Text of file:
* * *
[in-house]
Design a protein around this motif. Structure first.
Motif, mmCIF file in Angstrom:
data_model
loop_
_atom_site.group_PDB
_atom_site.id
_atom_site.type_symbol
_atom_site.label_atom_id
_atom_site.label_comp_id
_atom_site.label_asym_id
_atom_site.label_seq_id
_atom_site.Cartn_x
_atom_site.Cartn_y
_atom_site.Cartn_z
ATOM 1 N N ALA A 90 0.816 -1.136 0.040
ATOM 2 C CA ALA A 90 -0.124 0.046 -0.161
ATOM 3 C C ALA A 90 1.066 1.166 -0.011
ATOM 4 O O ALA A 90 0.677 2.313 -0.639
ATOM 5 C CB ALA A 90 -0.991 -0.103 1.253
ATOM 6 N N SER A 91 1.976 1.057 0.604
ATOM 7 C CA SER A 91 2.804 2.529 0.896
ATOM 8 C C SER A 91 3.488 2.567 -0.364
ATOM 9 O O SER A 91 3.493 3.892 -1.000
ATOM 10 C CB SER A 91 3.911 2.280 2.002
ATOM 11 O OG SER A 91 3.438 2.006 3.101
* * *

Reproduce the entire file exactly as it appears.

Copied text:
[in-house]
Design a protein around this motif. Structure first.
Motif, mmCIF file in Angstrom:
data_model
loop_
_atom_site.group_PDB
_atom_site.id
_atom_site.type_symbol
_atom_site.label_atom_id
_atom_site.label_comp_id
_atom_site.label_asym_id
_atom_site.label_seq_id
_atom_site.Cartn_x
_atom_site.Cartn_y
_atom_site.Cartn_z
ATOM 1 N N ALA A 90 0.816 -1.136 0.040
ATOM 2 C CA ALA A 90 -0.124 0.046 -0.161
ATOM 3 C C ALA A 90 1.066 1.166 -0.011
ATOM 4 O O ALA A 90 0.677 2.313 -0.639
ATOM 5 C CB ALA A 90 -0.991 -0.103 1.253
ATOM 6 N N SER A 91 1.976 1.057 0.604
ATOM 7 C CA SER A 91 2.804 2.529 0.896
ATOM 8 C C SER A 91 3.488 2.567 -0.364
ATOM 9 O O SER A 91 3.493 3.892 -1.000
ATOM 10 C CB SER A 91 3.911 2.280 2.002
ATOM 11 O OG SER A 91 3.438 2.006 3.101